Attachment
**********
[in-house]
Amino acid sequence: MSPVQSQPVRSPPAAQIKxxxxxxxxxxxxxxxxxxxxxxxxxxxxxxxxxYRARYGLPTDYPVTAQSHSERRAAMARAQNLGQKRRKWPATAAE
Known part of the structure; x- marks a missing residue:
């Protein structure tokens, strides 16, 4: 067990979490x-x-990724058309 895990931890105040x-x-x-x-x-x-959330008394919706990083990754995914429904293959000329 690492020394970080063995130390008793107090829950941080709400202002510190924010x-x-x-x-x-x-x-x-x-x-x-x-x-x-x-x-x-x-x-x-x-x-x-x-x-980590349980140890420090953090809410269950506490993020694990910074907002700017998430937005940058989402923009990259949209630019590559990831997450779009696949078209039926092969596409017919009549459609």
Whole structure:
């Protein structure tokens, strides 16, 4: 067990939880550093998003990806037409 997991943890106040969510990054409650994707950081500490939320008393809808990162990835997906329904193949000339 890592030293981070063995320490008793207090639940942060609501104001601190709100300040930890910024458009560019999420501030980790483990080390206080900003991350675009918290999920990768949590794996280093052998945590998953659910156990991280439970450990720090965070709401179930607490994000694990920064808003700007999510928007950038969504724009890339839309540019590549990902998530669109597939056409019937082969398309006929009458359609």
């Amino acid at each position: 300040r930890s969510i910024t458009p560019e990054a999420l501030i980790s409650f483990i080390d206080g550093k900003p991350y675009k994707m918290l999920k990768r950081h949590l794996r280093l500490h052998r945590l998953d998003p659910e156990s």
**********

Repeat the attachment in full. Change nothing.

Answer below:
[in-house]
Amino acid sequence: MSPVQSQPVRSPPAAQIKxxxxxxxxxxxxxxxxxxxxxxxxxxxxxxxxxYRARYGLPTDYPVTAQSHSERRAAMARAQNLGQKRRKWPATAAE
Known part of the structure; x- marks a missing residue:
């Protein structure tokens, strides 16, 4: 067990979490x-x-990724058309 895990931890105040x-x-x-x-x-x-959330008394919706990083990754995914429904293959000329 690492020394970080063995130390008793107090829950941080709400202002510190924010x-x-x-x-x-x-x-x-x-x-x-x-x-x-x-x-x-x-x-x-x-x-x-x-x-980590349980140890420090953090809410269950506490993020694990910074907002700017998430937005940058989402923009990259949209630019590559990831997450779009696949078209039926092969596409017919009549459609």
Whole structure:
């Protein structure tokens, strides 16, 4: 067990939880550093998003990806037409 997991943890106040969510990054409650994707950081500490939320008393809808990162990835997906329904193949000339 890592030293981070063995320490008793207090639940942060609501104001601190709100300040930890910024458009560019999420501030980790483990080390206080900003991350675009918290999920990768949590794996280093052998945590998953659910156990991280439970450990720090965070709401179930607490994000694990920064808003700007999510928007950038969504724009890339839309540019590549990902998530669109597939056409019937082969398309006929009458359609």
């Amino acid at each position: 300040r930890s969510i910024t458009p560019e990054a999420l501030i980790s409650f483990i080390d206080g550093k900003p991350y675009k994707m918290l999920k990768r950081h949590l794996r280093l500490h052998r945590l998953d998003p659910e156990s």